Cheatsheets are the worst, especially in programming.
You see them shared all the time. People love them, and influencers love to share them for engagement. They have an allure, especially to beginners.
But cheatsheets can actually be bad for your programming!
Why do you hate cheatsheets so much?
Most cheatsheets already contain errors when published.
You'd think that people would clearly use an error-free version. No one would share a cheatsheet with bugs. People share "news" articles where they barely read the headlines. Cheatsheets get shared because they're pretty.
It gets worse, and yes, I have a list. Here's the list:
- Errors cannot be corrected in cheatsheets
- When software evolves, cheatsheets don't
- Cheatsheets are not accessible
- They're a semi-random collection of things someone thinks are important
Think back to university. I remember getting flashcards and notes from the smart kid. They did way better than me, obviously. The smart kid used the time to form mental connections while writing the flashcards, while I was only relying on their condensed information.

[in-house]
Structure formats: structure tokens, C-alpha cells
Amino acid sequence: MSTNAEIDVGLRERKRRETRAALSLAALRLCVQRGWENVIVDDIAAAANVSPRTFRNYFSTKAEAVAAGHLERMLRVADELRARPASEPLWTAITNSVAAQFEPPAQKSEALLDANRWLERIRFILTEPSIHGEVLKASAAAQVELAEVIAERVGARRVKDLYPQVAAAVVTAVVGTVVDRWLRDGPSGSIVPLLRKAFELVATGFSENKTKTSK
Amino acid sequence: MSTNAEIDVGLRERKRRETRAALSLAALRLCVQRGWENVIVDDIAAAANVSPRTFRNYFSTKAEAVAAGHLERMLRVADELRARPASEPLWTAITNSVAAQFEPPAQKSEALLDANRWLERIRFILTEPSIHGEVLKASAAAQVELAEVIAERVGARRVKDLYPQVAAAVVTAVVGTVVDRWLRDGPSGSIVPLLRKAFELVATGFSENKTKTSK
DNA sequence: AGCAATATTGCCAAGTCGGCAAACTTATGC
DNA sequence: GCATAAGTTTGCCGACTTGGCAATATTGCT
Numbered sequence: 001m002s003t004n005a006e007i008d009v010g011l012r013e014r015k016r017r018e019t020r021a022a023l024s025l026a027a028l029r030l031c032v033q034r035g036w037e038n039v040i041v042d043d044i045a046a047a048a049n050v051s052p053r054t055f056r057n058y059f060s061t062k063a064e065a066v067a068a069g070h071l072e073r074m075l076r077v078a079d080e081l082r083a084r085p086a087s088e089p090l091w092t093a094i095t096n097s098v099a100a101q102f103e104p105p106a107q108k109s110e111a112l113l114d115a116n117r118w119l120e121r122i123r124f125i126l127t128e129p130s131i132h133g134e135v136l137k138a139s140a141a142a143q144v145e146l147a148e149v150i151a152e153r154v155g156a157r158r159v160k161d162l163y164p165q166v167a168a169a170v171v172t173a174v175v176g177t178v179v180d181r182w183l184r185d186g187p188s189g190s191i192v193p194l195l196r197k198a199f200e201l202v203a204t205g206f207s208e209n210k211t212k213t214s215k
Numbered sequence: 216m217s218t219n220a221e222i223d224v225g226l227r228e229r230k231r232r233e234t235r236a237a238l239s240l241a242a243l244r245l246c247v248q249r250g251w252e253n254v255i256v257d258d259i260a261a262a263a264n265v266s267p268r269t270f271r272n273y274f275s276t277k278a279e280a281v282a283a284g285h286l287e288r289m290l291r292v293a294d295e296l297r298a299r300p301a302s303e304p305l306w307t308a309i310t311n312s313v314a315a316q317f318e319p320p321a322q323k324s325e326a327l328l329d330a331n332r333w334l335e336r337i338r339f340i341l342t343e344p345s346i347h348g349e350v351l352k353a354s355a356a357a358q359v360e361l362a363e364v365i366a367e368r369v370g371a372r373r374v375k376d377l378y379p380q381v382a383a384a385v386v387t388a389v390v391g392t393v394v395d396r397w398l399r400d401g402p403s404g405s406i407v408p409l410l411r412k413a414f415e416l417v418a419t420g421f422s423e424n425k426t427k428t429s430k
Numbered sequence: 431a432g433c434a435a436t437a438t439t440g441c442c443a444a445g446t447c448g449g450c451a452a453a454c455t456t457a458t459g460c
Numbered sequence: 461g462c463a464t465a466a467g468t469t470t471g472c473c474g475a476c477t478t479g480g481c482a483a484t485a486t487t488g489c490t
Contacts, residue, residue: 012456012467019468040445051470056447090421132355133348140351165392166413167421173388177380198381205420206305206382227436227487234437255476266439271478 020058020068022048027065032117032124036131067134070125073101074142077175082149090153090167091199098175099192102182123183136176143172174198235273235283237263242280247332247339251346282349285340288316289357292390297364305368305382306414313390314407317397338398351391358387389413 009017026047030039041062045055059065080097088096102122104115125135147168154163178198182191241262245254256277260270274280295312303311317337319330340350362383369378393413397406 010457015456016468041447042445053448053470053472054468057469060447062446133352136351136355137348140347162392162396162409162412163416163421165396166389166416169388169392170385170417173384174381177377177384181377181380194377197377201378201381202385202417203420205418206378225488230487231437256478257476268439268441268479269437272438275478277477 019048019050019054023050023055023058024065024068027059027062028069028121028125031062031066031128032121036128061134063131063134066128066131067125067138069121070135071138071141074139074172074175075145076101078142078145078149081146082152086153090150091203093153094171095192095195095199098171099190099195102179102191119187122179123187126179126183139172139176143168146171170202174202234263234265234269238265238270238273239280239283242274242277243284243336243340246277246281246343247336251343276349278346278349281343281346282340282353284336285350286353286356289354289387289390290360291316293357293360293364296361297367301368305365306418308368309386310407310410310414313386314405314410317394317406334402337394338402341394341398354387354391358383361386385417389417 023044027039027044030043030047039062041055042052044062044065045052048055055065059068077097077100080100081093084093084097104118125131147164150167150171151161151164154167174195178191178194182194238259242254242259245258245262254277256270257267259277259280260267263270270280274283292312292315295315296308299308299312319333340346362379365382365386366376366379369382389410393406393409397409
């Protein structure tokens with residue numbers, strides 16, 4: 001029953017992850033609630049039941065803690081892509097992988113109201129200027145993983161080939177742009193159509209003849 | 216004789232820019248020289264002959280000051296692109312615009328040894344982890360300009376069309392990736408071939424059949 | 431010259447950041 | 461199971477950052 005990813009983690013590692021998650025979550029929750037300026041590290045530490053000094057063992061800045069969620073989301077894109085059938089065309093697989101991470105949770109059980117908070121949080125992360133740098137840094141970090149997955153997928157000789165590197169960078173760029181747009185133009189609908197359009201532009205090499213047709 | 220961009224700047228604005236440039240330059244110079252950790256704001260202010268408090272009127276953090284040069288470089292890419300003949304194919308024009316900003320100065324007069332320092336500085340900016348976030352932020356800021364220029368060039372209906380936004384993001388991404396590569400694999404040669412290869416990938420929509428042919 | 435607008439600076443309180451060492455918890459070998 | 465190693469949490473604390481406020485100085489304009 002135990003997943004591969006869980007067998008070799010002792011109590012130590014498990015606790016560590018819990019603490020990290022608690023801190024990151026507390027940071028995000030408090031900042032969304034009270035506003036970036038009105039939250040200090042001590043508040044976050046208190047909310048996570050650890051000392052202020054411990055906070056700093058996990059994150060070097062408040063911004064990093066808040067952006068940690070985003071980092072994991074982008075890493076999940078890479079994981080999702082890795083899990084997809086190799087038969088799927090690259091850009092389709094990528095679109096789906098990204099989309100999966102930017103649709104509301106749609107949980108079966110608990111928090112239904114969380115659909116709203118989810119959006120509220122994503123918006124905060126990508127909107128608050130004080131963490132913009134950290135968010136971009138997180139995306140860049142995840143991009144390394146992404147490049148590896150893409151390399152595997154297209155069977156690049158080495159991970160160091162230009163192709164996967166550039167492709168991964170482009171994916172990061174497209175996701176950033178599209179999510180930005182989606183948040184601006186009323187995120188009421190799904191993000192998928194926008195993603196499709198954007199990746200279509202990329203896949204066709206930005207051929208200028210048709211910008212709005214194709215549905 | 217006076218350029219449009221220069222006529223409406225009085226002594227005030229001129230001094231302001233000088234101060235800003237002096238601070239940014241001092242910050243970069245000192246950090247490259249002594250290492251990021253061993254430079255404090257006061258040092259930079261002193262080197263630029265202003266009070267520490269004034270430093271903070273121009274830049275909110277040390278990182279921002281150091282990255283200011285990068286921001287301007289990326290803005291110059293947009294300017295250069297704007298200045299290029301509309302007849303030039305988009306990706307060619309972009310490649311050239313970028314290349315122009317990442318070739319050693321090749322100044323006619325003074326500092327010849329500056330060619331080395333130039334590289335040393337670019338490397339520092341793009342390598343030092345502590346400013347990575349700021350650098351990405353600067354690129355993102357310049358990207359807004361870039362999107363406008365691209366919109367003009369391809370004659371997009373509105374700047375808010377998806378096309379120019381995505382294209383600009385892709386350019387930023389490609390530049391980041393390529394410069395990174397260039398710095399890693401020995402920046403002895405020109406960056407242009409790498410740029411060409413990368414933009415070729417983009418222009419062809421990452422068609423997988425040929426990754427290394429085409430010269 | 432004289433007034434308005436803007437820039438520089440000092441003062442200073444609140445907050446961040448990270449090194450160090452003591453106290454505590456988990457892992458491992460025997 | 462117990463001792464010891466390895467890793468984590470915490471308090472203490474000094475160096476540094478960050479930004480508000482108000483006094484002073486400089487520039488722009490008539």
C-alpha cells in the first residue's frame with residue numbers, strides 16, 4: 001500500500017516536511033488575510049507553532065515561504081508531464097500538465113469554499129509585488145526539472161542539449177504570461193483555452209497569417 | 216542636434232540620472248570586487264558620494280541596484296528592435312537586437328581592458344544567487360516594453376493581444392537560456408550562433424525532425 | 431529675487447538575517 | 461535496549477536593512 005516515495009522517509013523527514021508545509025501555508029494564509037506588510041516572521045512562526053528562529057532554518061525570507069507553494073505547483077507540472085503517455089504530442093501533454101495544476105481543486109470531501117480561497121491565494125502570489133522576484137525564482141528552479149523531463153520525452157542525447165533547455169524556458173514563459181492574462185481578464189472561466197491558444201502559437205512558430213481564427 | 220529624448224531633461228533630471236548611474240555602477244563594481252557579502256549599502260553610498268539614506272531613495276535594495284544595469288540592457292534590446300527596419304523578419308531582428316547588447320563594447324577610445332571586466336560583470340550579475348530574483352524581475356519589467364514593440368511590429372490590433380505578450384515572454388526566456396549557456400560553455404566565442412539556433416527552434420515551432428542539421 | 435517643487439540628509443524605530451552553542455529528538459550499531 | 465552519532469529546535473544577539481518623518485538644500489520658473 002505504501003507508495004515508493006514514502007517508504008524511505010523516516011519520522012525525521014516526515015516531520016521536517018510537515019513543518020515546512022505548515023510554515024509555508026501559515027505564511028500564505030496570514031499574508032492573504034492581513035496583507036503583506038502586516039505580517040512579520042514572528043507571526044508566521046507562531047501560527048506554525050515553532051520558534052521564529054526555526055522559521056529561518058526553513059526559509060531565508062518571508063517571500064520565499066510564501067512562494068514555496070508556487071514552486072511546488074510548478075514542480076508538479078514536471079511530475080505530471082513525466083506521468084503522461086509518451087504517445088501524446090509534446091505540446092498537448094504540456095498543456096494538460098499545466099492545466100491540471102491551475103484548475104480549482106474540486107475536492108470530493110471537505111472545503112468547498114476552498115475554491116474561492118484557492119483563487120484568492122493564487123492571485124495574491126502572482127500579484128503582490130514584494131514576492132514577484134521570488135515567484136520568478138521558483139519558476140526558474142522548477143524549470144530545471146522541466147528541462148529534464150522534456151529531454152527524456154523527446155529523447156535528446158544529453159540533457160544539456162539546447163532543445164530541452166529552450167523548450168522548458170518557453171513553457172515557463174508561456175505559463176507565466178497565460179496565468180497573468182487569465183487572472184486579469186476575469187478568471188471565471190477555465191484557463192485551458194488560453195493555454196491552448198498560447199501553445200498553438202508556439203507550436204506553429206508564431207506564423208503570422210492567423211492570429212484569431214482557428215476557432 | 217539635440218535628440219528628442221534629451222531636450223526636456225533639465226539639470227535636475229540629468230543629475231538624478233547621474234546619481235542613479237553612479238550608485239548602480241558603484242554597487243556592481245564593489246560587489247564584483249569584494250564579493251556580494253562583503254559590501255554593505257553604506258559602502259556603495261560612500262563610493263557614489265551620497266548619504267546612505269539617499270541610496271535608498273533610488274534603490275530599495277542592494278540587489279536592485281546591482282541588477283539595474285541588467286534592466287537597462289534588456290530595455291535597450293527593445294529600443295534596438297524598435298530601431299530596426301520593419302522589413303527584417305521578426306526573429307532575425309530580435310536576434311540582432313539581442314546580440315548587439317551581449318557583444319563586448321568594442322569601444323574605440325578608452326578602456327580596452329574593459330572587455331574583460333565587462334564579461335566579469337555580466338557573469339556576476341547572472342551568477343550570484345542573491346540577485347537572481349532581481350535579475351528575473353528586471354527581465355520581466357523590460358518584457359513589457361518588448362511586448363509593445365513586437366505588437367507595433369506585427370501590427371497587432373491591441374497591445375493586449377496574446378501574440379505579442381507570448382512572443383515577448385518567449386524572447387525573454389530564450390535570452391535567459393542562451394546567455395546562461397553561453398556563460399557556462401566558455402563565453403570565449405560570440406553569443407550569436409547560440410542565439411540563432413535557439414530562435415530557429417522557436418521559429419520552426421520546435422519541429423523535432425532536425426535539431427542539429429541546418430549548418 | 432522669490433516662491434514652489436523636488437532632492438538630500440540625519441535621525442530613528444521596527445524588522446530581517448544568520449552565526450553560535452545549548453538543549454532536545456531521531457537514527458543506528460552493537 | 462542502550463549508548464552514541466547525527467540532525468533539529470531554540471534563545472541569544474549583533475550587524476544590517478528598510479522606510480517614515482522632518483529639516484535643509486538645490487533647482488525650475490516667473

This can be used as a learning tool. If you write your own cheat sheet, you are exempt. Otherwise, you're missing out.
But let me show you an alternative in Python.
How Python gets documentation right
Beginner Pythonistas often start out in Jupyter in data science.
When Python was made up, its focus was on ease of use and readability, hence the whitespace. Python has an in-built tool to attach documentation to functions and classes called a Docstring.
This docstring can have paragraphs of information, explains all inputs and outputs, and often even contains example uses if your developer is good. Python is capable of introspection and shows you this docstring and a lot of other information.
When you use Jupyter, instead of busting out your 3-year old cheatsheet of dubious quality, you can have up-to-date organically grown information right from the source.
When you're in a function like
print(), you can put your cursor between the parentheses and simply hit
Shift + Tab up to four times. This shows neatly formatted information about the function and how to use it. This works offline and online as it takes the info right from the source code.
In fact, it's a "eat your own dog food" situation. The pretty website with the documentation that we end up on daily? It's generated from the docstring itself!
Cheatsheets suck. Use docstrings instead.
This atomic essay was part of the October 2021 #Ship30for30 cohort. A 30-day daily writing challenge by Dickie Bush and Nicolas Cole. Want to join the challenge?